Heberden’s Nodes

Other Known Aliasesnone

Definitionosteophytic growths on the distal interphalangeal joints of the fingers and toes


Clinical SignificanceMost commonly seen in osteoarthritis and similar to, but much more common than, Bouchard’s nodes of the proximal interphalangeal joints.  They are much more common in women and seem to have a genetic predisposition.

History – Named after William Heberden (1710-1801), who was an English physician and received his medical doctorate from St. Johns College in Cambridge in 1739, where he made his name a distinguished medical lecturer at the university.  He received fellowship in the Royal College of Physicians in 1746 and then the Royal Society in 1749.  He enjoyed a prolific medical practice in London and Paris for over 30 years.  While semi-retired, he worked on a collection of papers for the Royal College of Physicians to be transcribed into a three volume textbook entitled Medical Transactions.  These were eventually revised and transcribed in English, by his son William Heberden the younger, which included a chapter on arthritis by Heberden the elder describing these findings.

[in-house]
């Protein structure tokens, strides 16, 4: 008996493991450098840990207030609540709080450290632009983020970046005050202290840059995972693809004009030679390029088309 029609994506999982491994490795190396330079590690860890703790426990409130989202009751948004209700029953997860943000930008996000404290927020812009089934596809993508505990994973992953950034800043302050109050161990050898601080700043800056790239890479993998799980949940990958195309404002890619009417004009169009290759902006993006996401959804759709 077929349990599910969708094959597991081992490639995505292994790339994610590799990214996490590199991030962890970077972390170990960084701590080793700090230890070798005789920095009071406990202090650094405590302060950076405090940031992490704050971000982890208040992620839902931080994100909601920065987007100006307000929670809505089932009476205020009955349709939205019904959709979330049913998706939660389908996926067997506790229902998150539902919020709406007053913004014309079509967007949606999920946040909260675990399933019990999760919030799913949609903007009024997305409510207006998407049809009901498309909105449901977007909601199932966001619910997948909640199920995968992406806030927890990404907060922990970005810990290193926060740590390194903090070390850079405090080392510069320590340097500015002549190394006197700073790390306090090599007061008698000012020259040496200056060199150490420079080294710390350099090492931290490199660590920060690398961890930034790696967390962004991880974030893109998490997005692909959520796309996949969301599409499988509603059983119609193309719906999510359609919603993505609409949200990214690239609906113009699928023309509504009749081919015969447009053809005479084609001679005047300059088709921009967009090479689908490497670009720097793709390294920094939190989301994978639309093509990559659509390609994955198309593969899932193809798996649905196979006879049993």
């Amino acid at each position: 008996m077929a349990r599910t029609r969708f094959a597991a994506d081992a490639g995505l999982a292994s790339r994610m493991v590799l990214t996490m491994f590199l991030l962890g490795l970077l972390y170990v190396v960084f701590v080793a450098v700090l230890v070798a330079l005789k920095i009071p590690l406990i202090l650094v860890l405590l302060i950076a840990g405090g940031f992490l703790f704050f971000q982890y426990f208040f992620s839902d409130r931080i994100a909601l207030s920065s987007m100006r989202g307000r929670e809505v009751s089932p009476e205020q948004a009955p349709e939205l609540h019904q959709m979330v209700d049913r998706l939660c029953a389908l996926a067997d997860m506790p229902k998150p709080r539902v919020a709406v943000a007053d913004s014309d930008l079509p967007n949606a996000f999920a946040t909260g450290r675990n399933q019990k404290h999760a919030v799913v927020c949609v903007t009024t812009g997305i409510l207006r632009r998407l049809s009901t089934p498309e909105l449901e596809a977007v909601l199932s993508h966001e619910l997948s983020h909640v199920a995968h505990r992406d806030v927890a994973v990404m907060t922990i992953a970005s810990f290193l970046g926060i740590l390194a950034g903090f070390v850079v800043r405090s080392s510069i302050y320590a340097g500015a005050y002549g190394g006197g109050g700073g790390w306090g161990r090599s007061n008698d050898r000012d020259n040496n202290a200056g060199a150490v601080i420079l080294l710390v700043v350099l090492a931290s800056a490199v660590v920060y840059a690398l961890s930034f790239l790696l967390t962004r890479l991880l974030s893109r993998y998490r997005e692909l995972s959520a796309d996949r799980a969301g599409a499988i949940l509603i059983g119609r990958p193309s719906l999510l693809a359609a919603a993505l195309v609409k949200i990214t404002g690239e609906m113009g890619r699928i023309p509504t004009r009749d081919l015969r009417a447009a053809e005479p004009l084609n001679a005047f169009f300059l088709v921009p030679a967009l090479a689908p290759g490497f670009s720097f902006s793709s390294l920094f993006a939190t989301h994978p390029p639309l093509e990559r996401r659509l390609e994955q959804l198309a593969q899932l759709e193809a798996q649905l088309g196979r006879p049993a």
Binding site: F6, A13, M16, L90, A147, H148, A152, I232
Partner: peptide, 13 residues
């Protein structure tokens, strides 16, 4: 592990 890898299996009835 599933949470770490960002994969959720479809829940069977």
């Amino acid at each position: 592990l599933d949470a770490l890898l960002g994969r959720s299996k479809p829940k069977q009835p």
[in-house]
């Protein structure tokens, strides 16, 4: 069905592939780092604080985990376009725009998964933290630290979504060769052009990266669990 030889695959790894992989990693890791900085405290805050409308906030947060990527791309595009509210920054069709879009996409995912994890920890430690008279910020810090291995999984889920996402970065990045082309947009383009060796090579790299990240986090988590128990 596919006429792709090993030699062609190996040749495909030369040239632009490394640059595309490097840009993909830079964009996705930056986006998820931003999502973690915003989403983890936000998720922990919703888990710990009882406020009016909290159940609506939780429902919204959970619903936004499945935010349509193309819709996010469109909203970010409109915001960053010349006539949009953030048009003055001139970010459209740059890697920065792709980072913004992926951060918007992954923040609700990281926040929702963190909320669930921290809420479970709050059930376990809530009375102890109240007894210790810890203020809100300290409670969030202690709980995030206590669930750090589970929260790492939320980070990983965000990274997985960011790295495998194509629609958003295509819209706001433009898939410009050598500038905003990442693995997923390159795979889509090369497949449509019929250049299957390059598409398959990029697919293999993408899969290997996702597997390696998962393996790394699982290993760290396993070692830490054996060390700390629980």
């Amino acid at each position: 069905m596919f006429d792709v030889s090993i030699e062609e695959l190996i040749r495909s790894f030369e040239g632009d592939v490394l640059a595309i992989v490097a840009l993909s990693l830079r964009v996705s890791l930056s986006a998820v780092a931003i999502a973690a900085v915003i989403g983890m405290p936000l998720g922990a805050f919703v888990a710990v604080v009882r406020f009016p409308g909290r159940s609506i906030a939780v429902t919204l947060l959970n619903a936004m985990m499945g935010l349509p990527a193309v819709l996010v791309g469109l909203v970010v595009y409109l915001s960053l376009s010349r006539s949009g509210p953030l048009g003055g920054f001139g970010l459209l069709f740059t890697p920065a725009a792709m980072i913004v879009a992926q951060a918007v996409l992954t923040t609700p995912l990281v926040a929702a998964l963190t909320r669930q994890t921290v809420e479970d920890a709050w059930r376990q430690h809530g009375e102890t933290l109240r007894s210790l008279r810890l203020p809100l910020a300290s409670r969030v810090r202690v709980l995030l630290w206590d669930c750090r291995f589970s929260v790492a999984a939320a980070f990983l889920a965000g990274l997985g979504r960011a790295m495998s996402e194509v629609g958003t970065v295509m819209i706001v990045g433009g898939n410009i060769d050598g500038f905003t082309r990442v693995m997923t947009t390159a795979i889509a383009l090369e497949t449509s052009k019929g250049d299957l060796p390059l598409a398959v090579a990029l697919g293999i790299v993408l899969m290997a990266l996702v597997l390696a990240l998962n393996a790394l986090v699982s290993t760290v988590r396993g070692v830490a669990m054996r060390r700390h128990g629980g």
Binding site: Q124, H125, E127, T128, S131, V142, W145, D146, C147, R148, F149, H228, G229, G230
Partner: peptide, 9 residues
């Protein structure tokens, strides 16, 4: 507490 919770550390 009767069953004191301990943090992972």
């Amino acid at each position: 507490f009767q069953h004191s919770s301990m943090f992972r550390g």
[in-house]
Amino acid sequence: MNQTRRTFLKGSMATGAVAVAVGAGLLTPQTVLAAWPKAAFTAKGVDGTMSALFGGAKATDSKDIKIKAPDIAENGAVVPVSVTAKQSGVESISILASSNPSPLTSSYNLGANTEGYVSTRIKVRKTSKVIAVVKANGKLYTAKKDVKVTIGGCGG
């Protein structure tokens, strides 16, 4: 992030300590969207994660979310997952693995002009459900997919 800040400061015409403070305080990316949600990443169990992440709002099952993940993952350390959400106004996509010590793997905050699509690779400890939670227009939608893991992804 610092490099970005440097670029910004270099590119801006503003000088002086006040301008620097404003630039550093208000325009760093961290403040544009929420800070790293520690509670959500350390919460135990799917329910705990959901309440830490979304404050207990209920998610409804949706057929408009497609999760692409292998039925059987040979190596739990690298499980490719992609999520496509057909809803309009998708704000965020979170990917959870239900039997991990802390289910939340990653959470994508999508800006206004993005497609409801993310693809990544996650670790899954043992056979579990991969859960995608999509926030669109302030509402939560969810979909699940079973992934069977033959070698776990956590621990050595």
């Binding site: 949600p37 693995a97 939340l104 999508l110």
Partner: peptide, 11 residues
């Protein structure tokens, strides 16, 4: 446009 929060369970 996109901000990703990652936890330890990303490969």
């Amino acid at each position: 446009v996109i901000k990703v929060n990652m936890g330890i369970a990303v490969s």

William Heberden b1710.jpg


  1. Firkin BG and Whitwirth JA.  Dictionary of Medical Eponyms. 2nd ed.  New York, NY; Parthenon Publishing Group. 1996.
  2. Bartolucci S, Forbis P.  Stedman’s Medical Eponyms.  2nd ed.  Baltimore, MD; LWW.  2005.
  3. Yee AJ, Pfiffner P. (2012).  Medical Eponyms (Version 1.4.2) [Mobile Application Software].  Retrieved http://itunes.apple.com.
  4. Whonamedit – dictionary of medical eponyms. http://www.whonamedit.com
  5. Up To Date. www.uptodate.com
  6. https://archive.org/details/2556044R.nlm.nih.gov

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